Special Feature Documentary: Commemoration: Howard Hawks ‘Rio Bravo’  [1080p] [1.85:1] 33:22] We find out from this Special Feature Documentary that we find out that this is considered Howard Hawks' "most personal film" and also his "most influential." This brief look at the film's development more than adequately covers why it is of all the great Westerns, this one "has everything." What is interesting to me is that before making this ‘Rio Bravo’ Howard Hawks looked at television and saw that the appeal of TV was the characters and the actors, and not the plot. And this is absolutely true, although television has become more long-form, it used to be a very character-driven with 30 minutes episodes each week. I also like how the film was a response to ‘High Noon,’ which Howard Hawks felt violated an ethical principle by having non-gunfighters be recruited to defend the town. Contributors to this very nice documentary are as follows: Peter Bogdanovich [Director]; Walter Hill [Director]; John Carpenter [Director]; Jonathan Kuntz and Stephen Mamber [UCLA Department and of Film and Television]; Angie Dickinson [Actress/Feathers]; James D’Arc [Curator of Howard hawks Papers at Brigham Young University in Utah].
Special Feature Documentary: Old Tucson: Where the Legends Walked  [1080p] [1.85:1] [8:34] With his special documentary we get a personal look at the backstage tour of the Old Tucson Studios in Arizona where the film was shot. This mocked-up frontier town, which was also the setting for other classic westerns like ‘Winchester '73’ and ‘The Gunfight At The OK Corral,’ and today serves as an Old West theme park. Brimming with nostalgia and graced with that rare Howard Hawks interview, this great for you cinephiles out there. Contributors to this very nice documentary are as follows: Jonathan Kuntz [UCLA Department and of Film and Television]; Dan Schneider [Tour Guide for Old Tucson Studios]; Rob Shelton [Former owner of Old Tucson Studios] and Mark Kadow [Entertainment Manger of Old Tucson Studios].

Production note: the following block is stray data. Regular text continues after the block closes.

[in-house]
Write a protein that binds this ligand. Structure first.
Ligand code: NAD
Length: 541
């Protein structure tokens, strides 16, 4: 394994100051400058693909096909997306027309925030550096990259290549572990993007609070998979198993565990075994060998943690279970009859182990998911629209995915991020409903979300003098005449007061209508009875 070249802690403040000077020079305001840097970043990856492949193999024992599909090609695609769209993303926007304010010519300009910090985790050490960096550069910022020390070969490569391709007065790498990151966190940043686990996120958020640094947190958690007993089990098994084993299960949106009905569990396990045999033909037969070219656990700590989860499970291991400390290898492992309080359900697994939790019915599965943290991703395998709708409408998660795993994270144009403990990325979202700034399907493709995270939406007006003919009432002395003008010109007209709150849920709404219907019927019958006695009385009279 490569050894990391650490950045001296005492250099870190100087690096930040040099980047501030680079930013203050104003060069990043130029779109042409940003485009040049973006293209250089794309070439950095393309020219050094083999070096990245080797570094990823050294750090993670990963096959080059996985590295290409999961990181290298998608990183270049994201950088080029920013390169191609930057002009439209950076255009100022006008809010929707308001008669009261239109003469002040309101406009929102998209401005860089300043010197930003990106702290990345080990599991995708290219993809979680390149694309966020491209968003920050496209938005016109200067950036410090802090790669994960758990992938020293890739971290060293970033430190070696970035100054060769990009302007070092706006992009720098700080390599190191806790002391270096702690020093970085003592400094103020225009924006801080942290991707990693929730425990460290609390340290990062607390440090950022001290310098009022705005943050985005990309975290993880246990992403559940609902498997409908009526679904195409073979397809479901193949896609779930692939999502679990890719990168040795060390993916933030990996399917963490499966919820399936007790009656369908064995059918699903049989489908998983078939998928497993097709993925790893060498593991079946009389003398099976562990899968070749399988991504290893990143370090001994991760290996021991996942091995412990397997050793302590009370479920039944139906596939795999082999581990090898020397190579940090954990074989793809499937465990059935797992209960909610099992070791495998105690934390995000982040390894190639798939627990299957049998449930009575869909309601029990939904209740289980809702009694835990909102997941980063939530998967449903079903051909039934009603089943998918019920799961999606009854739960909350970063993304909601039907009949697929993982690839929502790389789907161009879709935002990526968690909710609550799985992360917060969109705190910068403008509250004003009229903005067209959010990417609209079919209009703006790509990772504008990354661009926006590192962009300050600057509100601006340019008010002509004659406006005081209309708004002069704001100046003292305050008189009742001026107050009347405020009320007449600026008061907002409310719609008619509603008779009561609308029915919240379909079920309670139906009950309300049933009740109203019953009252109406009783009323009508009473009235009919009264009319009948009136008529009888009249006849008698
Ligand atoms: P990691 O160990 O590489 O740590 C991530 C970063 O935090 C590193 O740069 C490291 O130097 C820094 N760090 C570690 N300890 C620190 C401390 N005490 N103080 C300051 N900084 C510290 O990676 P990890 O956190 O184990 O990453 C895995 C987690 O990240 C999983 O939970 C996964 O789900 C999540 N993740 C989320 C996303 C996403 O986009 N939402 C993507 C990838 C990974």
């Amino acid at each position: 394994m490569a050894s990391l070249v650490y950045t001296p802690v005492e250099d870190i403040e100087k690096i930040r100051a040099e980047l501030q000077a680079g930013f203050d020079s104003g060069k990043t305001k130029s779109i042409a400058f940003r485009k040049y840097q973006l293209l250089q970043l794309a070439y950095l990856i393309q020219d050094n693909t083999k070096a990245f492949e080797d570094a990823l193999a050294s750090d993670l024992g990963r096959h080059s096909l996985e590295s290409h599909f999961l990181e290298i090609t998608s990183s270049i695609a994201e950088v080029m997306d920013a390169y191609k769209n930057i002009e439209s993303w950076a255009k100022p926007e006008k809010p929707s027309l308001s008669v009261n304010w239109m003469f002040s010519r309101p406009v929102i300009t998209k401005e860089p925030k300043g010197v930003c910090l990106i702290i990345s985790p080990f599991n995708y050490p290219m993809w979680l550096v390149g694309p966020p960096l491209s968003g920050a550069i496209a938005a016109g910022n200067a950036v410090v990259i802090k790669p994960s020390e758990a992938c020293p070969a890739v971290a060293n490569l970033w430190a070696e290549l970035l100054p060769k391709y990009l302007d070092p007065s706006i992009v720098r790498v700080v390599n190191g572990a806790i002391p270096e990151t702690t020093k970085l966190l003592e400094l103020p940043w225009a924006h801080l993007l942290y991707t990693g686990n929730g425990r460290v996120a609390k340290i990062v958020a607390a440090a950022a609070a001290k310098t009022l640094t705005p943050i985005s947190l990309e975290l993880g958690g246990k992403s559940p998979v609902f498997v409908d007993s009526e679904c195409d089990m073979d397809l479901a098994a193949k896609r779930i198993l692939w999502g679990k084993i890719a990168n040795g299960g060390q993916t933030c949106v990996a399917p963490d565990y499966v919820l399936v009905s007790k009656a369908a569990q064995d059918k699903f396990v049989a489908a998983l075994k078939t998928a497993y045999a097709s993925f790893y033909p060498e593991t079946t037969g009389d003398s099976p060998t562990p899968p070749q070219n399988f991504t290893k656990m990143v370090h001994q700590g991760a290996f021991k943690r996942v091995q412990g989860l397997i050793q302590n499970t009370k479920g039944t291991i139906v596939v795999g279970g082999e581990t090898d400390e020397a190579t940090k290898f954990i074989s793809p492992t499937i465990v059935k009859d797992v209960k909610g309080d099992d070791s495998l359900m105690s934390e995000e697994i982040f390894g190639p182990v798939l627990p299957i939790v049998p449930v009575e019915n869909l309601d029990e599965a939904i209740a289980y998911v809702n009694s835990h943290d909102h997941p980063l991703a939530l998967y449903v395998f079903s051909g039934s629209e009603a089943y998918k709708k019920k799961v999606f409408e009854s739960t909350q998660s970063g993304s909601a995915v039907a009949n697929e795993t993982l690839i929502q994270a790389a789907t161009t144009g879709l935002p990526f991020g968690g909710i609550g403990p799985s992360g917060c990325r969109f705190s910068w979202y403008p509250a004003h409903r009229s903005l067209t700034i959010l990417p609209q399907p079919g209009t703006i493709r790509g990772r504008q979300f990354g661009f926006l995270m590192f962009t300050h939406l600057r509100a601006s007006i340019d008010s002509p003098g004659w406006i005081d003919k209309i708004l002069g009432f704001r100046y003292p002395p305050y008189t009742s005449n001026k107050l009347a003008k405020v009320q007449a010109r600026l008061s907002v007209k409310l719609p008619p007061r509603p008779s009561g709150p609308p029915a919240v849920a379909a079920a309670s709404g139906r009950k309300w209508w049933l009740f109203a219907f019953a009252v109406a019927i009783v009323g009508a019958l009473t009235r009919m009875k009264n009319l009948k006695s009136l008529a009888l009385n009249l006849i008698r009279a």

Theatrical Trailer  [480i] [4:3] 2:45] Even though it is the original trailer, it looks like it was specially made to be broadcast on American Television at the time of the release.
Finally, personally I am not a massive fan of Westerns most of the time, but there are certain classic Westerns I like very much, and one of them of course is 'Rio Bravo' and always have an enjoyable ride viewing it, and one that holds up very well almost fifty years on. ‘Rio Bravo’ is a very good film, though it’s stark black-and-white view of the world is slightly dated now. It is the ultimate legitimate classic of its genre, particularly notable for what is considered John Wayne's most tender performance and a strong supporting cast including Dean Martin and a very young Ricky Nelson. John Wayne gives a strong performance as usual, but it is director Howard Hawks that really shines, putting together an exciting film filled with humour that never drags during its 2 hours and 21 minute run time. Warner Home Video has put together a fine retrospective Blu-ray release for this Howard Hawks favourite, with an impressive transfer and excellent supplementary material. This 2015 restoration may not be quite up to the calibre of 'The Searchers,' but it is certainly a more-than-respectable effort befitting a legend of John Wayne's stature. All in all I am so glad it is now in my Blu-ray Collection. Highly Recommended!
Andrew C. Miller – Your Ultimate No.1 Film Fan
Le Cinema Paradiso
WARE, United Kingdom